LEARNING SPECIAL EDITION
How to make an informed choice about education writes Naomi Fisher
FROM THE MOMENT A BABY IS born, we make choices on their behalf. Cloth or disposable, sling or buggy, co-sleeping or crib – never have we had so much power over someone else’s life experiences. And whilst there’s a bewildering array of experts telling us which choices are the ‘right’ ones, the diversity of parenting styles I see around me suggests that any claim to have the definitive answer is likely to be suspect. By the time it gets to education, a few short years later, the choices are far less diverse. School is seen as inevitable, with many not even realising that there are other ways to receive an education. Even when parents do choose, it tends to be between different types of schools all of which accept core assumptions such as the need for age-based classes and a standardised curriculum, whether it be based on the National Curriculum, Maria Montessori or Rudolf Steiner.
Making different choices However, a few parents make the radical choice to not ‘school’ their kids at all. Not only do they not send them to school, they don’t teach them at home either. How and why do they decide this? This choice is something which Rebecca English (Queensland University of Technology) has made the focus of her research. Her interviews with parents indicate that their educational choices are tied closely to their philosophy of parenting. They believe that unschooling is the best option for their child, just as strongly as parents who send their children to elite schools believe that this is the best option for them.
Where unschooling parents were
ʻTrusting ourselves and our children is fundamental to this philosophy, something that schools undermine with their focus on grades and assessmentsʼ
different to other parents was that their choice was based on theory. The research that most parents do into education involves visiting schools, checking the league tables and perhaps reading about different types of schools. Unschooling parents were the only research participants who asked if English had read any educational and parenting theorists (mostly citing Holt, Illich, Kohn, Liedloff, Bowlby & Ainsworth and Sears) and who referred to these as some of the reasons why they had made their choices.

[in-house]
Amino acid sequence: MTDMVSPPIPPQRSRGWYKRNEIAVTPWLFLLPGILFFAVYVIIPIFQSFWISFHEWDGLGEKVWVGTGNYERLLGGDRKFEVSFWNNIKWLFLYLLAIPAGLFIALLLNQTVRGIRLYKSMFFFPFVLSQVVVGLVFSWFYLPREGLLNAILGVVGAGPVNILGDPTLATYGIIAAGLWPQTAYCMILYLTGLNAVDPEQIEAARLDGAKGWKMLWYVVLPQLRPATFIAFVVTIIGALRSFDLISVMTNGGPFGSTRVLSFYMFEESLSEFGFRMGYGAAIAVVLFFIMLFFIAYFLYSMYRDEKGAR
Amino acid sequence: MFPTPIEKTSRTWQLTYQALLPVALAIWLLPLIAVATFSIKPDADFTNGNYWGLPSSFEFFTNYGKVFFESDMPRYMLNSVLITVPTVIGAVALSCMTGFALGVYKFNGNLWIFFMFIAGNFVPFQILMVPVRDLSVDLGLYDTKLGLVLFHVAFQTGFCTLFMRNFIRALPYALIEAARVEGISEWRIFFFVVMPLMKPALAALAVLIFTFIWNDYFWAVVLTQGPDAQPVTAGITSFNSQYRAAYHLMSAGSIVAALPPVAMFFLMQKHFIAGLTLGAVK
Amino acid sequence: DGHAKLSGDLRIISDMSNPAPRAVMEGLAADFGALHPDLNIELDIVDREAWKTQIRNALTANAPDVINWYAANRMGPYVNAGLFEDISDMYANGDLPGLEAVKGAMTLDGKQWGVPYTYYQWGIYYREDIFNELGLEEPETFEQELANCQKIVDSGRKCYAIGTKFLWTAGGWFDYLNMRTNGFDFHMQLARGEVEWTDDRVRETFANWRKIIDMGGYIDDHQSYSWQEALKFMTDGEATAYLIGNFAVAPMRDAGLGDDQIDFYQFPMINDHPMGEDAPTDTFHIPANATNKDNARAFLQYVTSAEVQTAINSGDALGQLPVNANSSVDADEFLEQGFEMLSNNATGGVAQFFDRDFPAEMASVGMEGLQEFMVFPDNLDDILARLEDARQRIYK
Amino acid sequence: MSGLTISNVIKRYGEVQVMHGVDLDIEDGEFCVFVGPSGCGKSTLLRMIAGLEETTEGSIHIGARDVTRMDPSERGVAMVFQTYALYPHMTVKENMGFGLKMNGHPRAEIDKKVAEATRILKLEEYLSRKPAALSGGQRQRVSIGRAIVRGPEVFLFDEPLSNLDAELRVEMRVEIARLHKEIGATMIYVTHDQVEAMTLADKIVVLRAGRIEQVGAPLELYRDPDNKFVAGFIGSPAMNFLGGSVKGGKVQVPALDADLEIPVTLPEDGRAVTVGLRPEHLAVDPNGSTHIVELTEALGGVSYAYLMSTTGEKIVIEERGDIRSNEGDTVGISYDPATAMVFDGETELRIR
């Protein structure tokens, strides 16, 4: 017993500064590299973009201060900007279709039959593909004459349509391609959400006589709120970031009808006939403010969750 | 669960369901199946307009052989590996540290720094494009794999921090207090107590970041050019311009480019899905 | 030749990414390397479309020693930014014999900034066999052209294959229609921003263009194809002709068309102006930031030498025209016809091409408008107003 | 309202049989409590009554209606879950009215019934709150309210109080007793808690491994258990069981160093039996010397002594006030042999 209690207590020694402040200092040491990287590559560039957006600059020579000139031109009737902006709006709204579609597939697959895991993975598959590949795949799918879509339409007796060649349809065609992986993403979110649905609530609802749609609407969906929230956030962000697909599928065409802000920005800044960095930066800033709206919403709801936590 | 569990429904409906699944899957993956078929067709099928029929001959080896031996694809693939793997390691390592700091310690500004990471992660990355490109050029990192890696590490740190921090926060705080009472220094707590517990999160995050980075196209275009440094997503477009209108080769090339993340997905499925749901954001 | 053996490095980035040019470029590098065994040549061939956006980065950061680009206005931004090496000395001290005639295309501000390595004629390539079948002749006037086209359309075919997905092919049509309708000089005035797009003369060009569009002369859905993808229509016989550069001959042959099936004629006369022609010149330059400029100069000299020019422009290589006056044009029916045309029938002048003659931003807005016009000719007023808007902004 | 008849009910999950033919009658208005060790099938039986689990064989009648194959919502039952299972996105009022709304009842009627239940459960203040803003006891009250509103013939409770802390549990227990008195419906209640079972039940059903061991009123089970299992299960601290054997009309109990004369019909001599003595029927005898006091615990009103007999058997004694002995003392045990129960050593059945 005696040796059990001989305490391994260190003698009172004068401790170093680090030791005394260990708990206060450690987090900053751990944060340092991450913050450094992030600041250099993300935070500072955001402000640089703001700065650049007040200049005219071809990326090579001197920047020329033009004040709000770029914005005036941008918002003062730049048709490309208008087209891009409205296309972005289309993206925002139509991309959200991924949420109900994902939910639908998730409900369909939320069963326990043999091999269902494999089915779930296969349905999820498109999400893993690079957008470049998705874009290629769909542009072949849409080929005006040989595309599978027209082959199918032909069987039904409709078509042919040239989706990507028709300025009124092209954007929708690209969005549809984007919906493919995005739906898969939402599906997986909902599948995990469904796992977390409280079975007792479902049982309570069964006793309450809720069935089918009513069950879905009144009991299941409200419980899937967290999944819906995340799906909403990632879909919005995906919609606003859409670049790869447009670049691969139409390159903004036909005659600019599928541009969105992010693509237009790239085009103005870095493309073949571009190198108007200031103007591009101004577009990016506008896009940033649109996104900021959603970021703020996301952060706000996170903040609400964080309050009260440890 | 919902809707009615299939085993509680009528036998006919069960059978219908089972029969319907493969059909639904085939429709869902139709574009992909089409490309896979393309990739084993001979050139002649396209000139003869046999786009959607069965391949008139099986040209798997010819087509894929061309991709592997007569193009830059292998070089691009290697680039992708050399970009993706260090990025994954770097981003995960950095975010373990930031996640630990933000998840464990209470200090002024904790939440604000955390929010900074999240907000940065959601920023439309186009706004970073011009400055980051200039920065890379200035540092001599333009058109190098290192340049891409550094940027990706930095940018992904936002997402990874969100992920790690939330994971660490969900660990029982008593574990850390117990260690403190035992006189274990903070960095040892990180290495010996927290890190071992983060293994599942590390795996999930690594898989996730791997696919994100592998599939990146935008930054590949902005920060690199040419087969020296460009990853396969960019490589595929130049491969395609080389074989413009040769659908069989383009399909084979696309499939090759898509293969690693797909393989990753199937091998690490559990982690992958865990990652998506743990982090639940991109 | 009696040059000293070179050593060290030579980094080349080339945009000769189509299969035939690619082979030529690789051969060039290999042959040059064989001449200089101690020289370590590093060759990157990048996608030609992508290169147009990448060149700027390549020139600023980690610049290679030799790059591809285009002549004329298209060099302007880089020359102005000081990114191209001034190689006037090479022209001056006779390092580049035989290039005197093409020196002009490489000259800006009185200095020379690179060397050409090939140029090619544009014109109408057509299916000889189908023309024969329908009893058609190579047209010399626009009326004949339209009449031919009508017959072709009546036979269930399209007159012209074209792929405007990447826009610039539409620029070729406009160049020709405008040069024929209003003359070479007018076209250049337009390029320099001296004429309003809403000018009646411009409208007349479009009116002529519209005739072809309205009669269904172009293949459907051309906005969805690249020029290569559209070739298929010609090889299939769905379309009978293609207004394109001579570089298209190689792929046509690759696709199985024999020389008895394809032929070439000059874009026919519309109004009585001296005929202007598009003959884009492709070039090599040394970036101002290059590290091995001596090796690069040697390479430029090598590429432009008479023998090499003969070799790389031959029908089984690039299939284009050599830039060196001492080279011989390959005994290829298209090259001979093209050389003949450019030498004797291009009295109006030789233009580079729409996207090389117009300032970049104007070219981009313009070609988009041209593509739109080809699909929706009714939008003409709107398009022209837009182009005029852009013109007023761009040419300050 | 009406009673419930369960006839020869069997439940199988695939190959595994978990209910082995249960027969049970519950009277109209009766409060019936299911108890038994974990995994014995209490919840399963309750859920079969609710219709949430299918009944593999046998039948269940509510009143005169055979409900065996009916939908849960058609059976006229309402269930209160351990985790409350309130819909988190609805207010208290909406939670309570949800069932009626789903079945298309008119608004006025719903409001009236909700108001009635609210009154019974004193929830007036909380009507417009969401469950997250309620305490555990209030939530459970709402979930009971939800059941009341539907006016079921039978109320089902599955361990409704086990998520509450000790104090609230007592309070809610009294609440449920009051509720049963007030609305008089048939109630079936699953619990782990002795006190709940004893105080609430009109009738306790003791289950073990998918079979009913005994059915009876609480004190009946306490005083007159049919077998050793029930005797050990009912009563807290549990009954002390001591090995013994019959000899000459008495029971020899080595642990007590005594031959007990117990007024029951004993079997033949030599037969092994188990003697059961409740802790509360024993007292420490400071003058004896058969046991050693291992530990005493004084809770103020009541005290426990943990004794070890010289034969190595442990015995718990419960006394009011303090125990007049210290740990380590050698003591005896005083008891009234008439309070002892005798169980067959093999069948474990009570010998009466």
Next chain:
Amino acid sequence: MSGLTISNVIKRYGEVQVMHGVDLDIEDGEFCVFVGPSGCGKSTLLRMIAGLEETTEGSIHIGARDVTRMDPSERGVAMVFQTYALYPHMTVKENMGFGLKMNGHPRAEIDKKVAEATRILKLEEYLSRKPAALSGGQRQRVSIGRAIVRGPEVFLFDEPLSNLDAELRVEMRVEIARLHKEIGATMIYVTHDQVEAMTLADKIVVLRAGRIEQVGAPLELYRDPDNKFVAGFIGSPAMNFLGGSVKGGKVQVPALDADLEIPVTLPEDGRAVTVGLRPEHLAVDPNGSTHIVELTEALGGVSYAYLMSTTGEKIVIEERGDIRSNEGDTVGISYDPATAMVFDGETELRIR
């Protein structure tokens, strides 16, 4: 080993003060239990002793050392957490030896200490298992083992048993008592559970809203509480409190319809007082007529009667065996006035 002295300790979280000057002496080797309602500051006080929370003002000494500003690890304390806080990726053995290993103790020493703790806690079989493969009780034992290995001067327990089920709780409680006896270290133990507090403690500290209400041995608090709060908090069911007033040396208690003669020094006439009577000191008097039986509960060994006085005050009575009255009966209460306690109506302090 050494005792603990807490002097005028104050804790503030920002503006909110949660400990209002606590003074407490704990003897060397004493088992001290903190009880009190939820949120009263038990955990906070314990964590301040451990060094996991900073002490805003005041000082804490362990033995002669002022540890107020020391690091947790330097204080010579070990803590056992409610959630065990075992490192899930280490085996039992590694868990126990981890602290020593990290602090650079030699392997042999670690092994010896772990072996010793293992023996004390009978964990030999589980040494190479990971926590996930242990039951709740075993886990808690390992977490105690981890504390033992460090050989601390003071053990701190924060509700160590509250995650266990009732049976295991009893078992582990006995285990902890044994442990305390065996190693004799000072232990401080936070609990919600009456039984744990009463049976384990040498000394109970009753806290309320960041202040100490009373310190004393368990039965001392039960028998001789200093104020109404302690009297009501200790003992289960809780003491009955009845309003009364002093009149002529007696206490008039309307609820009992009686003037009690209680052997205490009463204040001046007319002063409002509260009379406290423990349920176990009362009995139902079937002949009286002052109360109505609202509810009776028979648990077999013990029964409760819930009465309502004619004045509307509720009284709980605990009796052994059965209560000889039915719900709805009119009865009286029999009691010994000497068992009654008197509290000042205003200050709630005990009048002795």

English explained to me, “My hypothesis is always that you can’t understand a school (or home education) choice without understanding what parents believe good mothers (and, research says it’s principally mothers) do and how they educate.”
For most parents, good parenting involves supporting your child through school and helping them with their homework. What happens to someone’s understanding of good parenting which leads them to diverge so much from the mainstream as to choose unschooling?
English’s research gives us some clues. She explained how, of the unschooling parents she talked to, “Many of them are ‘damaged’ by unhappy childhoods and suffered dreadful school experiences/memories. Many of those experiences were as a student but also as a teacher. I met a lot of lapsed teachers on my journey and heard the sentence, ‘after what I saw, I couldn’t do that to my child,’ more times than I could count”.
From Packing Books to Trusting Children Pat Farenga knows the exact moment when things changed for him. After college, he trained to be an English teacher, but was initially unable to get a job. He ended up working at Holt Associates, where he packed books for John Holt, author of many seminal books on unschooling. One evening in the office he met Holt himself.
“Holt looked at me and said, ‘What do you want to be? You don’t want to be packing books here for the rest of your life’. I said I wanted to be a teacher. And he asked why? I told him I liked working with children. He said, ‘You’re not going to work with children, you’re going to work on children.’ I got offended, what do you mean, it’s a respected profession!” Pat Farenga never did start teaching. Holt recommended that he read some books, he did. He also reflected on his own experiences of education, the good and the bad. By the time his three daughters came along, he had convinced his initially sceptical wife and they unschooled them. He has spent his career talking and writing about unschooling. He told me how he thinks we are pressured into thinking we need school, teaching and specialisation – and that we need to pay for it.
“School creates these hierarchies that we all buy into. Now it’s computer science and STEM, it’s become this idea of specialisation that has really taken a hold on us, particularly in the last 15 years with technological advances in our society. The system says it takes four years to learn computer science and that’s nonsense, some people learn really quickly and others don’t, they need more than four years. So the system hasn’t changed. In fact they’ve made it more rigid, and we’re feeling that pressure… We have this situation where we push and shame people into choosing the >
OCTOBER/NOVEMBER 2019 thegreenparent.co.uk